"Spojrzeć" means "to take a look, glance".


https://www.duolingo.com/profile/Baerchen_

Thanks for clarification. What about zobaczyć, oglądać and widzieć ? And are there any perfective versions?


https://www.duolingo.com/profile/alik1989

Zobaczyć is the perfective of widzieć. The perfective of oglądać is obejrzeć or oglądnąć. You can check all aspects in this dictionary, at the bottom where it says "odpowiednik aspektowy" (aspect counterpart).


https://www.duolingo.com/profile/redvibe7

Based on this, I would translate "patrzeć" as to watch and "spojrzeć" as to look at.


https://www.duolingo.com/profile/Jellei

But then 'to watch' has a strong connotation with movies, for example. "patrzeć na film" sounds as if you looked at the screen but your brain didn't really 'watch' the movie consciously, just some pictures moving in front of you, not having any meaning.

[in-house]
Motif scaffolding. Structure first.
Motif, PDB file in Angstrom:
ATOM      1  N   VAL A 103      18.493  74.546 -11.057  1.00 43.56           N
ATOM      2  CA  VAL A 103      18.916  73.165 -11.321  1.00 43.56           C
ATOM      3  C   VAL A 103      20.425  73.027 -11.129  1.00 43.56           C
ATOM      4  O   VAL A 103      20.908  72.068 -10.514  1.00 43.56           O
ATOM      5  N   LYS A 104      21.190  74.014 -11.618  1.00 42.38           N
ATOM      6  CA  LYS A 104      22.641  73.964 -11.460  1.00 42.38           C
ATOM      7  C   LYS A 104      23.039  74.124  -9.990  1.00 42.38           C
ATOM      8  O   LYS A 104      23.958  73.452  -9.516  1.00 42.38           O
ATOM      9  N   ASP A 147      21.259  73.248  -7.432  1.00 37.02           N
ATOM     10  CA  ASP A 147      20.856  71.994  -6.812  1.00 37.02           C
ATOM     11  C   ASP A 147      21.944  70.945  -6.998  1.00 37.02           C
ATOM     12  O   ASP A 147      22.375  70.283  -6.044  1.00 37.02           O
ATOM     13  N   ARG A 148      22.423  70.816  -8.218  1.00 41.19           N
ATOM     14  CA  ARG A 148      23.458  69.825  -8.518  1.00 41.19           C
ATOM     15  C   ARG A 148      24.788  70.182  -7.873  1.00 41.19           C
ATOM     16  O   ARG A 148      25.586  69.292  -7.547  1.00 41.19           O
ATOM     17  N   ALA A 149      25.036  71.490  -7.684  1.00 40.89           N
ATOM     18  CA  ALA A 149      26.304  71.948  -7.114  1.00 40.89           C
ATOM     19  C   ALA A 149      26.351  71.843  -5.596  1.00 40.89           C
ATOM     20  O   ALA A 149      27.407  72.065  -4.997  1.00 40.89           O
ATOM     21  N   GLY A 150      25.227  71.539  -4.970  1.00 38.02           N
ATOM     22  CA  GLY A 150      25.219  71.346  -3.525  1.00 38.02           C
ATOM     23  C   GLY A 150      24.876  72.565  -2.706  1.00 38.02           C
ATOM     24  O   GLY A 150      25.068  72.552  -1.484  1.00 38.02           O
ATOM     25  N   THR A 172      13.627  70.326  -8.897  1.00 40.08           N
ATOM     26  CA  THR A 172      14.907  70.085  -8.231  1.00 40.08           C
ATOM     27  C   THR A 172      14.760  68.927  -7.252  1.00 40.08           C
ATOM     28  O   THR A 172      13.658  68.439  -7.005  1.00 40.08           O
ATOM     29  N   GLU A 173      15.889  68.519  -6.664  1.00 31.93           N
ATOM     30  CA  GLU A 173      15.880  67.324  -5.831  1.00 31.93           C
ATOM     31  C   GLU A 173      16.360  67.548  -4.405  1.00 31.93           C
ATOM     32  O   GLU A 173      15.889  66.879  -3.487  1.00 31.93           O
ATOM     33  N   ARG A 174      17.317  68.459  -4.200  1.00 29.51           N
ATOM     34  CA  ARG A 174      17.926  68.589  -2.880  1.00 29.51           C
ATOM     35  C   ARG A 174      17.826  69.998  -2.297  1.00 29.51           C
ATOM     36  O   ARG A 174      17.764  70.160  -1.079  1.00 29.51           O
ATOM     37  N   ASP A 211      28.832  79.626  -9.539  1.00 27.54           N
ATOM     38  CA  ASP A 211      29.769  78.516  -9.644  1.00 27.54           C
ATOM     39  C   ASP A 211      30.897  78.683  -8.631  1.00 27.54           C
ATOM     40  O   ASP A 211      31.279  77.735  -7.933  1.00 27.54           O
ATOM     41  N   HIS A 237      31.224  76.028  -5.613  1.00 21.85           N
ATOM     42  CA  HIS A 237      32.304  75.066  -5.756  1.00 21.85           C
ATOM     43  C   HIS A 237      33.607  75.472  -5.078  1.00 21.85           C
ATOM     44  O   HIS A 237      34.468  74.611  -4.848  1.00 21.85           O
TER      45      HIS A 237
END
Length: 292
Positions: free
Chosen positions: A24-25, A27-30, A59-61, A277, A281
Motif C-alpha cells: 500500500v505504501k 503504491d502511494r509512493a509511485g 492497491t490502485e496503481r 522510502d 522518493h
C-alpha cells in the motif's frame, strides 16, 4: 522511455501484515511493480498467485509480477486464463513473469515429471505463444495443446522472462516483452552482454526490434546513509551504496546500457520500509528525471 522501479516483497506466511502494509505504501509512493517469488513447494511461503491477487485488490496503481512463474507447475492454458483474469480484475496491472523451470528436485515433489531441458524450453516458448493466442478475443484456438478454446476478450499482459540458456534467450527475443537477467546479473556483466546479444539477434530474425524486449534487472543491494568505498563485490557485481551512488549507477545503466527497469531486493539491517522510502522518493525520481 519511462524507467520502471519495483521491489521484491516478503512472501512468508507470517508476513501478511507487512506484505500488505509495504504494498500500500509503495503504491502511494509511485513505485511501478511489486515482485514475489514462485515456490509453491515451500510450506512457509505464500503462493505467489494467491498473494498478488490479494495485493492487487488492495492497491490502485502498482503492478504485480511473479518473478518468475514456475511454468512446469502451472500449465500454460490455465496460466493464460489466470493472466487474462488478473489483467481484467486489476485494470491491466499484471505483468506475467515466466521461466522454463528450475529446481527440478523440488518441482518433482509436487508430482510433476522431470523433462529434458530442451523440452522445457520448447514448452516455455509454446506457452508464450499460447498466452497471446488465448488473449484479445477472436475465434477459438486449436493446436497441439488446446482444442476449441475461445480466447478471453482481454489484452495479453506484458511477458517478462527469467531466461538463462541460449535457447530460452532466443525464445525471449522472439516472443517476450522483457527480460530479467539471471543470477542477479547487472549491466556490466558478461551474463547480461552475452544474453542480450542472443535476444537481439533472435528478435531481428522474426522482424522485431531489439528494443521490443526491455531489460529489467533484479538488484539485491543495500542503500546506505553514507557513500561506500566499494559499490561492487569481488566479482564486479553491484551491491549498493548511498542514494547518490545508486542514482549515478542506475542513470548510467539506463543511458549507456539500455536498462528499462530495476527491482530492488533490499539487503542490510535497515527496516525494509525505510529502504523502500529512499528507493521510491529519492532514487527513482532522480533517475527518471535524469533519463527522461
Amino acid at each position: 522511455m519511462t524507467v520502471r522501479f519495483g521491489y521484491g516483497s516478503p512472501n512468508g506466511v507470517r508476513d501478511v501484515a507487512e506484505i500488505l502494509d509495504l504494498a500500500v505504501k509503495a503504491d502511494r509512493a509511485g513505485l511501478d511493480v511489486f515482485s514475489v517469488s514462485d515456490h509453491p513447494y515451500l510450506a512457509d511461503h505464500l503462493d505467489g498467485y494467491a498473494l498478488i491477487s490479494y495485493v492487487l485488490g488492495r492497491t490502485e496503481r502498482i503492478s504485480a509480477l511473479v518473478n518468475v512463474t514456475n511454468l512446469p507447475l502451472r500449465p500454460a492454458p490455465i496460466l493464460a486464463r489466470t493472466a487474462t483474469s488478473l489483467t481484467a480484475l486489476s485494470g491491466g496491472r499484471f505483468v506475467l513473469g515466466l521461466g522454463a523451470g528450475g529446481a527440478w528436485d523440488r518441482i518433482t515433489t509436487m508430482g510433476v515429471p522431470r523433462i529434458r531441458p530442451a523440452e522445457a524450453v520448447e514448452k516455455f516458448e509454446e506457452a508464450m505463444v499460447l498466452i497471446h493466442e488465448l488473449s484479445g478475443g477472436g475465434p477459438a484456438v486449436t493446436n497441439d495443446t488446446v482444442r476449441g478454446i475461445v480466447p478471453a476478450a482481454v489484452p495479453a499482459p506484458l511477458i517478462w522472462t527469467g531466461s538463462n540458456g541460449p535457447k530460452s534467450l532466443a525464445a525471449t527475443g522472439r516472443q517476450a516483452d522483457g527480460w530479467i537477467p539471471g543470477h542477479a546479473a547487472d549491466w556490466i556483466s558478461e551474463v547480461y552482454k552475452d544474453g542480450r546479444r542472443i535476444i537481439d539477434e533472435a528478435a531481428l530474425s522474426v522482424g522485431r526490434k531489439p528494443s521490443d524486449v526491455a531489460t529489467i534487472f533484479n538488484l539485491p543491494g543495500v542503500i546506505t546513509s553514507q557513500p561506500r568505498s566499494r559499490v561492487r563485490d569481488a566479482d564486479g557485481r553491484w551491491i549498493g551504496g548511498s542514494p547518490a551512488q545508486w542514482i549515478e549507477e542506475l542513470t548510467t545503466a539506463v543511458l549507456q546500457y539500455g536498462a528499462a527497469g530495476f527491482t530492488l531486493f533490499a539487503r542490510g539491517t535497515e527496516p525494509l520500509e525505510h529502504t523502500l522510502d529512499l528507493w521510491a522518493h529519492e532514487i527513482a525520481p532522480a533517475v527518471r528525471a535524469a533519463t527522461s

[deactivated user]

    Hmm. I tried "We glanced at the people in the restaurant." but it was marked as wrong. It demanded "looked" instead of "glanced." Seems to me that it should be accepted. I have reported it.


    https://www.duolingo.com/profile/alik1989

    Seems reasonable. Added "glanced".


    https://www.duolingo.com/profile/WarsawWill

    We don't look at people "at" the restaurant, but "in" the restaurant. We use "at" to say where someone is. Reported.


    https://www.duolingo.com/profile/Jellei

    The default will now be "We looked at the people in the restaurant".